ALCOHOLICS ANONYMOUS
DRAWER "A," DIABLO
10 1211. CRISTOBAL. CX

Boats! & Motors
: :
II ft. Cabin Crusier, aempletely
quipped with cuihioni, built-in
incabax. Two 25 h.p. Johnson
meters, ene with starter also
ateerinff and control. Heavy duty
trailer. All in excellent condition.
Make offer, or consider trade.
ABERNATHY SPORTING
GOODS. Rhine J-6195 or 3 3-0264.

Businessman's Find Of $160,000
Puzzles FBI, Durham Authorities

DURHAM. N.C.. Oct. 30 (UP)
A Durham businessman told poller
today he found 1162.000 in cash on
his property last night but refused
to make pubfic the details of the
discovery.
Vernon L. Maynor, who operates
several enterprises in this central
North Carolina city of 71,000, ex
plained his find to police in s
closed session. But Maynor said
he would qot elaborate on the dis
covery until Friday morning when
he plans to hold a news confer
ence.
The FBI, the Secret Service and
the Internal Revenue Department
immediately jxpressed interest in
Maynor's discovery and began in
vestigations' to determine where
the money came from.
I have not comment to make
until I've talked it over with au
thorities," Maynor said. Folice al
so refused to discuss the subject.
Maynor would say only that he
found the cash on "my own prop
West's Commandants
Protest Afresh:
Reds Hamper Traffic
BERLIN. Oet. 80 (UP) The
U. S., British and French com commandants
mandants commandants of Berlin protested anew
to the Russians today against
Communist ; illegal interference"
with traffic to this isolated city.
The Drotest. made to acting So
viet Commandant Col. P. Krim Krim-sky,
sky, Krim-sky, declared such Red interfer interference
ence interference violated (he 1949 Accord that
ended 3s the .Berlinvblockade and
guaranteed trie access to Berlin
"We toiust quest you to take
steps, to put al end to this illegal
interference without delay," the
Western Allied protest note said.
The Soviets had rejected a simi
lar protest made Oct. 17 after he
East .German Communists sealed
off the borders with the Western
sectors of Berlin in connection
with a Soviet Zone currency ex
change. ;
The Soviet rejection note of Oct.
24, released by the West today.
claimed that the East Germans
were compelled to "temporarily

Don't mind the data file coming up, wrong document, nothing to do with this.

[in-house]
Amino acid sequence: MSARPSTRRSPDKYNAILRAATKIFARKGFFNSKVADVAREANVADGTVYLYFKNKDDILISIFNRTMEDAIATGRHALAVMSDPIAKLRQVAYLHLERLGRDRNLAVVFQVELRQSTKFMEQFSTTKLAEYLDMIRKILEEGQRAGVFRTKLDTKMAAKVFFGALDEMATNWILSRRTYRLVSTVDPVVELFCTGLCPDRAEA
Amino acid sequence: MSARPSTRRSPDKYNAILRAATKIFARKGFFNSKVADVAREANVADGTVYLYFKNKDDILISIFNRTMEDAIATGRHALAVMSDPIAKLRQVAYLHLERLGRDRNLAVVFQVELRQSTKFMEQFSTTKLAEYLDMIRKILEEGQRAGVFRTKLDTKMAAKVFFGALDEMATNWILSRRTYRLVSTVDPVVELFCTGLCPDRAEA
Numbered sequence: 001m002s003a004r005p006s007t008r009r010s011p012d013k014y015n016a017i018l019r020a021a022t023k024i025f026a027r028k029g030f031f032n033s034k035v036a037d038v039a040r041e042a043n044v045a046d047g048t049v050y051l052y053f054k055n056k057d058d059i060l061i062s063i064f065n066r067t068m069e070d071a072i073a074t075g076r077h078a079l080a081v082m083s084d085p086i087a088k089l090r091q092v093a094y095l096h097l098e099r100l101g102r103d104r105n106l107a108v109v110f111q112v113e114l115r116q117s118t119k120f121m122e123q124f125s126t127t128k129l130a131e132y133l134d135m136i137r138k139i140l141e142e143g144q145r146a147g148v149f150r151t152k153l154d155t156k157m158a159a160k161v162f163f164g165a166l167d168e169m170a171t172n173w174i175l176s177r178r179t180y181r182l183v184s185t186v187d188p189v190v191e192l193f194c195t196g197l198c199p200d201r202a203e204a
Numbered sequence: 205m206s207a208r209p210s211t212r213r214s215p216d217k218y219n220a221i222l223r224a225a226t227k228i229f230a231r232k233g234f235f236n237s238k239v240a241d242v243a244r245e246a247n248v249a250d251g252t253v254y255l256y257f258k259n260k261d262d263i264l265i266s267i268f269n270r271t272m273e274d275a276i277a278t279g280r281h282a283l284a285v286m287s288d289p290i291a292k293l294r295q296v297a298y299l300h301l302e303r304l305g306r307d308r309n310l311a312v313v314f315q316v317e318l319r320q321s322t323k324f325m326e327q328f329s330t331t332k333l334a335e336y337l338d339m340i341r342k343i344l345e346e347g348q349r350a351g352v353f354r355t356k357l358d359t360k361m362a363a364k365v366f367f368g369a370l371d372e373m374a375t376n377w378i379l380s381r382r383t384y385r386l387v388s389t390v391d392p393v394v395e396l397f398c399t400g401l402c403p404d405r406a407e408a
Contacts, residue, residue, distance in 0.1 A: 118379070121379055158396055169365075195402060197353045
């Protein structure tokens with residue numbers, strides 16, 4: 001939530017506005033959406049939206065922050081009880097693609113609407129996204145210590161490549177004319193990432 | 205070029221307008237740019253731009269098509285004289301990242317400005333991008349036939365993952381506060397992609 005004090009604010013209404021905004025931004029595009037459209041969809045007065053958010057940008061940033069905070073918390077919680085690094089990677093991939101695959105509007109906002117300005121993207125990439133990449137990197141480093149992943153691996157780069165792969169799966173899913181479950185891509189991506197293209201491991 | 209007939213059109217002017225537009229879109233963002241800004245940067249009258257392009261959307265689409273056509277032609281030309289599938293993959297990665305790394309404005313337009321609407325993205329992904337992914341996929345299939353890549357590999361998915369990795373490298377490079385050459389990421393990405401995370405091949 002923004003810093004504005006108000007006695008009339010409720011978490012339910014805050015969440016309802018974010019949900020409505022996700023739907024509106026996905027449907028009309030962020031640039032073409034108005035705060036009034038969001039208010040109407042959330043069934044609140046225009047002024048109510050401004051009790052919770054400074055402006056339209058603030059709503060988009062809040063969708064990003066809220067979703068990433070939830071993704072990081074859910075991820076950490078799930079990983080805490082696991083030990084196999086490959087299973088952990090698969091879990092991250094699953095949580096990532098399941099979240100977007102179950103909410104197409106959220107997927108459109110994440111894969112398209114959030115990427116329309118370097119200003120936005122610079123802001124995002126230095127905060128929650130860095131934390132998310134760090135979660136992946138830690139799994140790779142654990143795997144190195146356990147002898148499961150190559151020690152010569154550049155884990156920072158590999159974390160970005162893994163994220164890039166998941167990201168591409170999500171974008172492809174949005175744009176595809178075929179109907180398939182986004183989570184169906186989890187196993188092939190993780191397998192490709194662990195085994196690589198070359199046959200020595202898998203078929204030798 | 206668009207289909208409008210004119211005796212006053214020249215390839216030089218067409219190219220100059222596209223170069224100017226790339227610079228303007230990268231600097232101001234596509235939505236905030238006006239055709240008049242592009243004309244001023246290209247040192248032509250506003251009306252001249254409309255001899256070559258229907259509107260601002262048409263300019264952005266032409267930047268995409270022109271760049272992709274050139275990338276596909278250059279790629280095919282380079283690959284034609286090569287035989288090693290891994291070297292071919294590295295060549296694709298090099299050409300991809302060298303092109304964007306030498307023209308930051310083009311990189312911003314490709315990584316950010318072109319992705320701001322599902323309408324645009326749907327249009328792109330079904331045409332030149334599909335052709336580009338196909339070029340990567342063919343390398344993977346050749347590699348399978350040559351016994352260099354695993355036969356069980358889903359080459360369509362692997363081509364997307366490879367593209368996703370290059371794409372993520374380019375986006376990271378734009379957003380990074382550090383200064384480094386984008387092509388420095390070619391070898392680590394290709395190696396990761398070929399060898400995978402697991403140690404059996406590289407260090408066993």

restrict free movement with West
Berlin" because t "proper order"
was not maintained in West Berlin
and there were "illegal acts"
aimed at hinderini the currency
exchange.
At the same, time, the Soviets
rejected a Western protest against
the arming of communist civilians
in East Germany.
The Western commandants, in
their reply today, rejected the as assertion
sertion assertion they could not maintain
order in West Berlin and told the
Soviets the interference in free
dom of movement to the city was
continuing.
Philanthropist
AGROSg M Female ruffs
1 Philanthropist, 97 sr,n
DOWN
f Qaseous
' 1 Vipers
I Political
faction of
Tuscany
I Minor oath
4 Biblical name
sroUow after
' 6 Removed
obnoxious
plants
7 Raises (coll)
' I Unbind
t Make lac
10 Old
riddling
MMrnr
hydrocarbon
II Placid
14 Wild donkey
ISPeoDle
continue to
hia good
works today
16 Musteline
mammal
IT Parch
II Sikh
mendicant
M rental rabbit
II Penetrate
acain
M Comfort
II Gaelic
14 Roman foo of 19 Blackbird
. . m a i
nnaarworia Aorogaia
ZTNapolaonie
site Isle
SI Slush
SIIarths
satellite
tt Forefather
4Strars r
UlemtntD
appellation
14 Aeriform fuel
MSovtot river
40 HU fortune

S
:r-- w"
H II I I II II ;

was one of the
of hia
Urn
41 Health mart
44 Old language
4TBraxflian i
vraUaba i
MHoaaadeitttr
of ;
libraries in
- America and
Great Britain
ttCottntrf' r-"
4 Girl 's nan
HSatscwsqr

WANTED: One blend Cocker
Spaniel, A. K. C. Rag. Call Coloa
1S54

WANTED r Chalet. 2 bdr bdr-.
. bdr-. roomi, residential Meter. Phone
El Panama Hotel, ream 617.
American couple dailre com completely
pletely completely furniihed ene er two bed bedroom
room bedroom apartment. Call 3-6941.
WANTED : Diplomat wants
completely furniihed house iaj
residential area. (II Cangrejo,
Bella Vista, La Creita). In the
morning call phone number 2 2-2735.
2735. 2-2735. In the afternoon call Ho Hotel
tel Hotel El Panama. Room 317.
erty." He said ne was "with soma
people" when he found the money,
which "wasn't just lying around.
It was packaged for protection."
The Secret Service in Charlotte
said it would begin an investiga investigation
tion investigation to determine whether the cash
is real or counterfeit, and the
FBI launched a "routine check" of
the serial numbers to determine it
it was money taken in "any major
crime in the last few years."
Carolina FBI Chief M. P.
Chiles said the FBI has no in information
formation information connecting the money
witn a crime, but is making the
check because of the large amount
involved.
Maynorls description of findina:
the money on "my own property"
fell far short of pinpointing the lo location
cation location of his discovery. He owns
property in Durham and in sur surrounding
rounding surrounding Orange County.
He refused to describe the con
tainer, but added that it "wasn't
a U.S. mail sack, a bank bae or
anything like that."